Solid Gold: SA22C Mazda RX-7 LS

“An enthusiast’s dream come true,” said one review, and in many ways, Mazda’s original SA22C (later “FB”) RX-7 was exactly that. It was affordable, fast, good looking, well made, and earned praise from all quarters for being an impeccably balanced sporty GT.

Universal praise like that is rare, and even more remarkable given Mazda’s uncertain state during the years it was developed.

In 1975, Toyo Kogyo was reeling from OPEC 1 – The Rotary wunderkinds of the early 1970s were now unwanted due to their thirst, and CEO Kouhei Matsuda’s autocratic style made it hard to quickly turn the ship.

Post-OPEC blues

Mazda was responsible for about a quarter of employment in Hiroshima, and major creditor Sumitomo Bank was worried about the whole concern going under. It first tried to sell a stake to Toyota, but when that didn’t happen, Sumitomo got tough with Matsuda. He grudgingly accepted new execs appointed by Sumitomo at the dawn of 1976.

That May, the development of what became the RX-7 got underway in earnest.

Mazda had wanted to build a small sports car for years – the first steps were the X110 and X020/A studies in 1970, but they had not been greenlit. They re-emerged in 1974/5 as the X408 idea from designer Makoto Kinutani and chassis specialist Jiro Maebayashi.

X408 became X516 and X517 – a related sedan/coupe that shared mechanical pieces with the sports car, but the future of these projects was uncertain in 1975. It was one of the Sumitomo-appointed execs, Shinpei Hanaoka, who approved the development of the pair – X516 became the X605, destined to become the RX-7, X517 became the CB-series Capella/626.

The “X605” project was headed by Kohei Matsuda, with Sumio Mochizuki as chief engineer and Matasaburo Maeda in charge of styling. With the Rotary taking a big share of blame for Mazda’s woes, but being something unique to Mazda, engineer Kenichi Yamamoto had to personally persuade Sumitomo execs that the Rotary was the right powerplant.

Maeda’s team did hundreds of studies in rapid succession – the timeline was relatively short – and came up with a sleek, aircraft-inspired, ultra-clean wedge that was totally modern like a TR-7, but somehow more conventionally attractive. Inside it was also clean and modern, though Maeda didn’t really like the early interior materials.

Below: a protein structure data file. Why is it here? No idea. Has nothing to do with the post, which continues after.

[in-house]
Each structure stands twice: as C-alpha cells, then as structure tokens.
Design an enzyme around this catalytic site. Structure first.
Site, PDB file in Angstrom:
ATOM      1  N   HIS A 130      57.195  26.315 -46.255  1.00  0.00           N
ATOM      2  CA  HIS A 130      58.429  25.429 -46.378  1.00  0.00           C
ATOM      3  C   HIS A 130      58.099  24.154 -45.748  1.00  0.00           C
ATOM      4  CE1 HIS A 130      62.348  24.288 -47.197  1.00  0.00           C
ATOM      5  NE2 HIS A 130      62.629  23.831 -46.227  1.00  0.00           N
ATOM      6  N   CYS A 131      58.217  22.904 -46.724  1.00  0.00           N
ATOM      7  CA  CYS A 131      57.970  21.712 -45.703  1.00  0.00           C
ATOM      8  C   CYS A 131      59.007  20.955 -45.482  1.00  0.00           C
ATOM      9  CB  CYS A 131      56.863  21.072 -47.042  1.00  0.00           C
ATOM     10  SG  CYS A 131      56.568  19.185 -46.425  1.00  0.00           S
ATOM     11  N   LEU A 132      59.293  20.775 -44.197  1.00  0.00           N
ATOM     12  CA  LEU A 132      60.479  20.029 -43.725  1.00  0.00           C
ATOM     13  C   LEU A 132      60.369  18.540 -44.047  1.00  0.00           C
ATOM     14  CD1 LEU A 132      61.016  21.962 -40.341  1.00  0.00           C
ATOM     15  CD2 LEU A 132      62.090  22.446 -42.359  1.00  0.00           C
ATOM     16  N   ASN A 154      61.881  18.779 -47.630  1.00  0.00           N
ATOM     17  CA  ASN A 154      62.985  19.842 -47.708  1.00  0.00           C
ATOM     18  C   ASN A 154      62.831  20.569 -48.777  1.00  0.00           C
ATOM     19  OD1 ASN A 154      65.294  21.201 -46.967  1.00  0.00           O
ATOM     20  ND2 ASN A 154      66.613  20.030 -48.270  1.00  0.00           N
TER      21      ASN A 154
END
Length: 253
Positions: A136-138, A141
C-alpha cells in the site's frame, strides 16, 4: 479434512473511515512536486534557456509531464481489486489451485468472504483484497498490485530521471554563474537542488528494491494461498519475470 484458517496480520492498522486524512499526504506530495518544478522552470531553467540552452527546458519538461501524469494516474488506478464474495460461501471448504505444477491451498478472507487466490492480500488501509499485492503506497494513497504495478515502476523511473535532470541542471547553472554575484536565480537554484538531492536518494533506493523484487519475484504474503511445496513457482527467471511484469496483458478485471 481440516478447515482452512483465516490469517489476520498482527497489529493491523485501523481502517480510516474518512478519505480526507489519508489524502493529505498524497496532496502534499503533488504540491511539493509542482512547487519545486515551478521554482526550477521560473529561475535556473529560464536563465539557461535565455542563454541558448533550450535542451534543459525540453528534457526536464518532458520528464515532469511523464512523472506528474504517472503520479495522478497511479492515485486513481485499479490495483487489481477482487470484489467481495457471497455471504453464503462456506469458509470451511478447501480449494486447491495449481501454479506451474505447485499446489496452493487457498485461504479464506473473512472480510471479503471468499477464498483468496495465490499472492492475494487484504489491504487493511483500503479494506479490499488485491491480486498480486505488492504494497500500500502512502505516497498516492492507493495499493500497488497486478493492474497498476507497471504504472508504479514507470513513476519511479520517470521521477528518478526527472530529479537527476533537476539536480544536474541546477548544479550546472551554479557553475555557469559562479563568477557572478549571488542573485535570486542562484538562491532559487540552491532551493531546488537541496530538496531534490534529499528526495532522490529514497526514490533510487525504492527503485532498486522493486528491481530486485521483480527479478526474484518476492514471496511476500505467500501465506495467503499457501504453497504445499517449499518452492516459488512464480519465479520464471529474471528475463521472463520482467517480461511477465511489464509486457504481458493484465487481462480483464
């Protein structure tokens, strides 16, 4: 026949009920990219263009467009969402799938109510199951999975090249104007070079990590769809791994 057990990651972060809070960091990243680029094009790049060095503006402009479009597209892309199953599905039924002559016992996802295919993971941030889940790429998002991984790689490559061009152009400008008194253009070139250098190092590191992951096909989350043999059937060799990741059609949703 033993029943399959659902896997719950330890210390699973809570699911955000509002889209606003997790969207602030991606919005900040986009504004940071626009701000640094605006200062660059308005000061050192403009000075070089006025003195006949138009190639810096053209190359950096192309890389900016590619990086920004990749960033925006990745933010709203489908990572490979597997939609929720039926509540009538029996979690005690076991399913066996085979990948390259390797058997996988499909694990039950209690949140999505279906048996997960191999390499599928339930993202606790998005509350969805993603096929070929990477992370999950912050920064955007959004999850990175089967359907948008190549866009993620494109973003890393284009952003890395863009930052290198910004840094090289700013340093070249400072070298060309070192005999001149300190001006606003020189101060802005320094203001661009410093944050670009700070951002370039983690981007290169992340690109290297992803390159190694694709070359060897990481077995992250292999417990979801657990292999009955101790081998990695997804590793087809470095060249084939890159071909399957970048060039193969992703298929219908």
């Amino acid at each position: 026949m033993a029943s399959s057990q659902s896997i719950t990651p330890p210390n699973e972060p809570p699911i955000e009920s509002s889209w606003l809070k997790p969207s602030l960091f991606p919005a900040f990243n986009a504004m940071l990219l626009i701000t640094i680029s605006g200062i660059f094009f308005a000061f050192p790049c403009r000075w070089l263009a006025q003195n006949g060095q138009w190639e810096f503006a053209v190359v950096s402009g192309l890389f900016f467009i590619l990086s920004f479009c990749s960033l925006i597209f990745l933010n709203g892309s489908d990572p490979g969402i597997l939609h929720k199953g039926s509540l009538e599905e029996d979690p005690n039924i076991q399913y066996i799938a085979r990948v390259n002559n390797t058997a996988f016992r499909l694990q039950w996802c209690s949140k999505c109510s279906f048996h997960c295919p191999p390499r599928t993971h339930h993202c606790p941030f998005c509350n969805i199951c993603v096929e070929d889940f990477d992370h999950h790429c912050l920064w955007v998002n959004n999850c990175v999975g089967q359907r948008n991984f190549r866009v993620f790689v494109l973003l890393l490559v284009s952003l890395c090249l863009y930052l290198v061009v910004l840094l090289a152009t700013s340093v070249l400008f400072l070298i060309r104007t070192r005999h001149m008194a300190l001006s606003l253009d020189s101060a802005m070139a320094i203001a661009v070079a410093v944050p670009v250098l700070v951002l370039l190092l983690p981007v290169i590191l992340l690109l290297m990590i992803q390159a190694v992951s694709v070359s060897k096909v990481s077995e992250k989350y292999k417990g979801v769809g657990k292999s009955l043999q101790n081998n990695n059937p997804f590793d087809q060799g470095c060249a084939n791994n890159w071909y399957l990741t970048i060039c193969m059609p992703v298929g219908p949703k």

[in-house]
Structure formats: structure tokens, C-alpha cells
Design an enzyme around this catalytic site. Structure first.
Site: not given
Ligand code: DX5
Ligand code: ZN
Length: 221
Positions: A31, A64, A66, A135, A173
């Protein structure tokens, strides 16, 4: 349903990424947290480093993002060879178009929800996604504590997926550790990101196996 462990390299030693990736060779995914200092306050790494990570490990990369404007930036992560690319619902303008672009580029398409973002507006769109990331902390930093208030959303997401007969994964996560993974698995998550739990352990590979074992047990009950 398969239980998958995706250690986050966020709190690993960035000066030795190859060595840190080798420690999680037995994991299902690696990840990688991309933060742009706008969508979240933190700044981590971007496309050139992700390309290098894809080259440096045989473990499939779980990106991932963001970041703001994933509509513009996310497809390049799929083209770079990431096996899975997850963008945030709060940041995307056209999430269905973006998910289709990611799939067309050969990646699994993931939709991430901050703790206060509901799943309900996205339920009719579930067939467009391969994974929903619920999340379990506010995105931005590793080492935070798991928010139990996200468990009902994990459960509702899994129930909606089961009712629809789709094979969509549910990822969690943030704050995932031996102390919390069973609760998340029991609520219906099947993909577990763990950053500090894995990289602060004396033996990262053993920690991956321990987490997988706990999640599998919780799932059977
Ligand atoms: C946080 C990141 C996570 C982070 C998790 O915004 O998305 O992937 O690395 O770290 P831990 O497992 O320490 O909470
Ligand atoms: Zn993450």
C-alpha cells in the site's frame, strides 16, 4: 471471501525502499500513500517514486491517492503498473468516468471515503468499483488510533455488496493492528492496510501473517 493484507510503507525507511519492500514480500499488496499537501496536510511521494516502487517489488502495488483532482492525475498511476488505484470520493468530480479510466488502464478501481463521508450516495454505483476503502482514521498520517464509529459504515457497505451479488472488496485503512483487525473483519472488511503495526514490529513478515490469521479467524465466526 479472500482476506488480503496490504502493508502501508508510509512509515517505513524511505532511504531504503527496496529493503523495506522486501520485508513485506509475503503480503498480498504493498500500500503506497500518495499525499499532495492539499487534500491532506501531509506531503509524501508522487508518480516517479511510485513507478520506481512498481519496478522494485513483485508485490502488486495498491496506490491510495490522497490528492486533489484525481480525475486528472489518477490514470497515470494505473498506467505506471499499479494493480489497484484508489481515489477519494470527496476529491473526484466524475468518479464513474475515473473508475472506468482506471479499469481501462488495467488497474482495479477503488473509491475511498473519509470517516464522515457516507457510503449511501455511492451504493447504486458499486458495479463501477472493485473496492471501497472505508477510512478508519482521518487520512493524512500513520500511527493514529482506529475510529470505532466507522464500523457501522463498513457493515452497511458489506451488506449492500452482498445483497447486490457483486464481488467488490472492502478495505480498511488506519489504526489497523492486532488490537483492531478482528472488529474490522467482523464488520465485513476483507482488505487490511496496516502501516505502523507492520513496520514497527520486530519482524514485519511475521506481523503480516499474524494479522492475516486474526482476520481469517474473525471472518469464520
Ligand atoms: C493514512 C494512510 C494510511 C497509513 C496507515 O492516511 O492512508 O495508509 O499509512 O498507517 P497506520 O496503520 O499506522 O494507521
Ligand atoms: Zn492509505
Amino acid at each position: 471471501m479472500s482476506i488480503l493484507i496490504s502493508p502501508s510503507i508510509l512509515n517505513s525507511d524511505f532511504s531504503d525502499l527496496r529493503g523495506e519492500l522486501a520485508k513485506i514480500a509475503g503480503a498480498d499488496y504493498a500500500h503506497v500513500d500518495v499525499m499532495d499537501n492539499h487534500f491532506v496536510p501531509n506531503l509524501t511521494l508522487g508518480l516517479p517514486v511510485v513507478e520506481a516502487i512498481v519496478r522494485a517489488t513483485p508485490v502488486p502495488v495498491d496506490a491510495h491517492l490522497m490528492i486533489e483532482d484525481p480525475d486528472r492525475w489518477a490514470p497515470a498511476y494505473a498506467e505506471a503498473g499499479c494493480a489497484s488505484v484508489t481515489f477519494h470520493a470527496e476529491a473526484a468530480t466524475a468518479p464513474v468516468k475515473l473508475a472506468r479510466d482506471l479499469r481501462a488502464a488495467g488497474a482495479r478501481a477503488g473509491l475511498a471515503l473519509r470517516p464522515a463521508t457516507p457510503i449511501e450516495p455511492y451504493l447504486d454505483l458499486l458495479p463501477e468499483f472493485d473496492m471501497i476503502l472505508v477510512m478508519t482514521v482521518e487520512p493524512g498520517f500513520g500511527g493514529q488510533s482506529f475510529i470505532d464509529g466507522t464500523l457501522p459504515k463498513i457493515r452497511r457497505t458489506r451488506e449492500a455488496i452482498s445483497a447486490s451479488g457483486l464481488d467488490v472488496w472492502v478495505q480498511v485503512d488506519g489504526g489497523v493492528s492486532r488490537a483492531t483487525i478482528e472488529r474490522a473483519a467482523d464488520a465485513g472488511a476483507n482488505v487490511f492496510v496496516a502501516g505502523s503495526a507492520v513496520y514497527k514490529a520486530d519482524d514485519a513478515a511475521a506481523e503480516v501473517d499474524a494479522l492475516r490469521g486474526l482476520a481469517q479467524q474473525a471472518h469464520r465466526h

A few renditions of the car did not use the famous pop-up headlamps – engineers debated about whether they would be reliable, and some early designs had a kind of “Frogeye Sprite” arrangement. Ultimately, the pop-ups won out and the styling was locked down by November of 1976.

Power came from a revised 12A Rotary, an engine that had a huge tax advantage in Japan – there was no other 1.2L engine in the world that could match it for power or weight – which was part of Yamamoto’s argument for keeping it alive in specialty cars.

RX-7 Arrives

Hanaoka was very familiar with the U.S., and figured the sports car would do well there. He was right. Despite OPEC II and a recession, the RX-7 was instantly popular in the USA after it arrived in the summer of 1978.

It would be lightly revised in 1981, but before that happened, a special run of 2500 luxury-equipped RX-7 “LS” models, 500 (maybe) in Solar Gold, were built for the 1980 model year. The LS came with almost all the options and were characterized by the gold wheels.

SA22 RX’s can be ID’d by their bumpers, which aren’t fully integrated into the car. The biggest changes for 1981 (as SA22C became “FB”) was more integrated, plastic-covered bumpers and, to Maeda’s delight, upgraded interior materials.

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